Where does Freedom of Expression end, Welfare & Safety Begin?
From politics to history, sex, gender, sexuality, race, disability and more, the subject of free speech continues to raise its banner and is countered by calls for safe spaces and freedom from hate speech. Is espousing hate, bigotry, religious or ideological beliefs, however extreme, ever palatable on the basis of freedom of expression? Or, should all speech be fair speech? Does freedom of speech come with a social responsibility not to hurt or harm? Do trigger and content warnings do more harm than good? Harm, that is, to exposure to all points of view and further education. Or, should education be a safe space, away from exposure to harmful points of view? Should comedy be an exception? Should extreme opinions be given airtime, so long as they are balanced with a variety of opposing views? Who defines extreme? What happens when repressive regimes occupy the role of policing speech and define freedom fighters as enemies of the state, atheists and agnostics as apostates worthy of execution, or women as required to be silent and absent from political life? Is safe speech a luxury of a free society – or the sign of one? Is freedom of speech the holy grail of a repressed one and the sign of an enlightened one? Julie Bindel says that:
“censorship is becoming the new normal?” – Julie Bindel
Stephen Fry tells sex abuse victims to ‘grow up’
Fry subsequently apologised but waded in with oversized feet to this issue prompting social media outrage.
Anorexia assertion apology
Joan Bakewell had to issue an apology after linking anorexia among young people with narcissism. Bakewell said she was “alarmed” by the amount of young people suffering from anorexia, “which arises presumably because they are preoccupied with being beautiful and healthy and thin”. She said: “No one has anorexia in societies where there is not enough food. They do not have anorexia in the camps in Syria. I think it’s possible anorexia could be about narcissism.” After mental health and eating disorders charities criticised Bakewell’s “unhelpful” comments, the Baroness tweeted to say that she was “deeply sorry” for any offence caused.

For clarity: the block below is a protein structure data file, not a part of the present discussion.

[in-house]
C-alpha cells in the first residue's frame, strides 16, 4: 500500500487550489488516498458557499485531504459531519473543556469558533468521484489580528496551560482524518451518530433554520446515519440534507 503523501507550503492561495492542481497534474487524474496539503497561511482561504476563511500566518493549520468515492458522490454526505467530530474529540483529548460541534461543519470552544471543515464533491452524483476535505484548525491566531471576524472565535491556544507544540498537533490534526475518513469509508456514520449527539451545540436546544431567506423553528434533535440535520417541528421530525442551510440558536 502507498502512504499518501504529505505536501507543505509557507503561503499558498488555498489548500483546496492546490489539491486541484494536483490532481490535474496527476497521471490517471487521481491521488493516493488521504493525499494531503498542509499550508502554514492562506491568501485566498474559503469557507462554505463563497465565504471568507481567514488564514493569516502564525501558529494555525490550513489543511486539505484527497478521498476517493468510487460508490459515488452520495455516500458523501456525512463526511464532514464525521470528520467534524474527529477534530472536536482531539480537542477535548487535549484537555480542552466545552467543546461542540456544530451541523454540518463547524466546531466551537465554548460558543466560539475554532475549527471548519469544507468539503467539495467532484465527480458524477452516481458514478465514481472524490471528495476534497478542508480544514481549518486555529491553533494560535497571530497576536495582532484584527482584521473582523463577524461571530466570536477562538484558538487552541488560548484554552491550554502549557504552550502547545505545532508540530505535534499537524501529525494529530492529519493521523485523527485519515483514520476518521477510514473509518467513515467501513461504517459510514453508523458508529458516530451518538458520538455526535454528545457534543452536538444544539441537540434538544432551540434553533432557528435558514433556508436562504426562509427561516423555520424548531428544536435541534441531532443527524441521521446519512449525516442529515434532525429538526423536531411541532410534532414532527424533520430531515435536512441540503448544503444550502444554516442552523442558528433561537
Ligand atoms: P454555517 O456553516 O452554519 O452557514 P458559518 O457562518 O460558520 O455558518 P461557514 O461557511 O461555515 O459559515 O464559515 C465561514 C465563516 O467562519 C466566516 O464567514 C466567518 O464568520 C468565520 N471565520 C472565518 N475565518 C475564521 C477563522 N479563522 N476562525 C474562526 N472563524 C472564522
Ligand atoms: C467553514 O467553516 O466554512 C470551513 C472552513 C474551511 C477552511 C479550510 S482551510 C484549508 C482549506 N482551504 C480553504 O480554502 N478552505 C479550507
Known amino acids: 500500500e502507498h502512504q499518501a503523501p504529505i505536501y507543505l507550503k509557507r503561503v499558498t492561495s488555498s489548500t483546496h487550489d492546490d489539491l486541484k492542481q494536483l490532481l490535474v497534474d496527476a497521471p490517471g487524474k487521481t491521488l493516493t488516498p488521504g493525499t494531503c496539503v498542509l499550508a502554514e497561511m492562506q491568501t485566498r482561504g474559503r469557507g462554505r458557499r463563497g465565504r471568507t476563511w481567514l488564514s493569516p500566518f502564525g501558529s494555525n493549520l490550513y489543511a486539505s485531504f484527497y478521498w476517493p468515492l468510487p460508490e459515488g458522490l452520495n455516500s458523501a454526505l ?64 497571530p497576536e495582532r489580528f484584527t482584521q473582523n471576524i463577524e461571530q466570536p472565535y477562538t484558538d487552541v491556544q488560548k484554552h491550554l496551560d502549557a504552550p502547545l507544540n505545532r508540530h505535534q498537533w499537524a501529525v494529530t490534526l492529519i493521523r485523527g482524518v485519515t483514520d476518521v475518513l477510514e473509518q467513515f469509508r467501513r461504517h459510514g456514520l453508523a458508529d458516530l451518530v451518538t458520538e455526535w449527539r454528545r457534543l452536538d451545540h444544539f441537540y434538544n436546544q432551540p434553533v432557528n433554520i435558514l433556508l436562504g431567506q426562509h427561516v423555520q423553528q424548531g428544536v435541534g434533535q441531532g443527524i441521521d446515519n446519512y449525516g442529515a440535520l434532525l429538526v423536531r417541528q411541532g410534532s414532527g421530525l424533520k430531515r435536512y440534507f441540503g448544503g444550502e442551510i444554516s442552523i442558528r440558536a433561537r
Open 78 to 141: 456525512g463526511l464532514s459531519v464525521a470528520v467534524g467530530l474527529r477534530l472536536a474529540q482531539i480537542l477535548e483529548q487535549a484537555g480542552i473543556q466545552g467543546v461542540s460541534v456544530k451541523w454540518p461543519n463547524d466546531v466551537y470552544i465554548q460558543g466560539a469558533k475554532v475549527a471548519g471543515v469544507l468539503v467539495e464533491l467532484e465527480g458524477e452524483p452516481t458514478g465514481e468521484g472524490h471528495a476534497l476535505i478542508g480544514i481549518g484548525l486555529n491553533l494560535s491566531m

Can you ever joke about rape?
There’s a passage in Sara Pascoe’s new book, Animal: The Autobiography of a Female Body, in which she debates whether rape can ever be joked about. While at a comedy festival in Melbourne last year, the 34- year-old comedienne witnessed the furore that erupted after a fellow stand-up made a joke about rape. An audience member lay down beneath a table in protest, and when social media caught on, an international debate was sparked about whether rape jokes should be banned. Pascoe doesn’t make her own view clear in the book, but in the meeting room of her publishers’ Bloomsbury headquarters she’s upfront on this and every issue.
“I don’t think there are any subjects you can’t joke about because human beings are forgiving of subject matter when we find things funny. That said there are definitely things I would never be able to make sound funny.” – Sara Pascoe
NUS Free Speech v Safe Speech protests
March saw a counter protest in retaliation to the Peter Tatchell Foundation’s protest with supporting organisations outside the NUS Headquarters which cited three basic principles:
- Freedom of speech should not include giving platforms to discrimination on university campuses.
- It should never justify the bullying of others.
- It should never support the discrimination and persecution of others.
Open Letter on Peter Tatchell, Censorship, and Criticism
Universities are challenged to be a safe haven from censorship, a sanctuary of free speech and tolerance, rather than a health and welfare safe space from tough or sensitive debate, argues Peter Tatchell, Julie Bindel, Germaine Greer, Mary Beard, Rod Liddle and others. Should no-platforming be banned or practised?
“We are in danger of making censorship the standard response to anything that offends, argues Julie Bindel. Recent attempts to ban Donald Trump and pick-up artist Roosh V from the UK would have achieved nothing politically constructive, she says. Movements like civil rights and feminism made progress because they were able to hold people to account.”
Student responses showed solidarity with Fran Cowling, the NUS LGBT+ Officer who refused to share a platform with Peter Tatchell.
An Open Letter to Peter Tatchell Regarding Fran Cowling, Power, and Public shaming.
An article in the Independent challenges the free-speechers, that they might be the oversensitive ‘special snowflakes’:
“We are witnessing an attack on free speech, we are told. The right of activists and thinkers to express their convictions openly is being curtailed by an oversensitive mob – “special snowflakes”, to be exact.” – Independent
Celebrity Gagging Order/Superinjunction
Should someone’s private sex life be public news? Particularly when the Internet is impossible to police making localised injunctions farcical when compared to the power of globalised googling? More interesting was the disinterest shown once the celebrity couple were revealed to be husband and husband, not husband and wife, prompting gagged newspapers to switch to partner rather than wife terminology, and to be less worried about a straight celebrity threesome scoop.
Verbal Hate Crimes
Is psychological injury from freedom to criticise one’s sexual or gender identity from bigotry, phobia or religious condemnation, any less important than physical injury? Do differences of opinion on homosexuality, women, trans etc, based upon ideology or faith, grant free opportunity to judge and challenge, on freedom of expression grounds?
China has banned depictions of gay people on television as well as those portraying adultery, showing cleavage and more as content that “exaggerates dark side of society”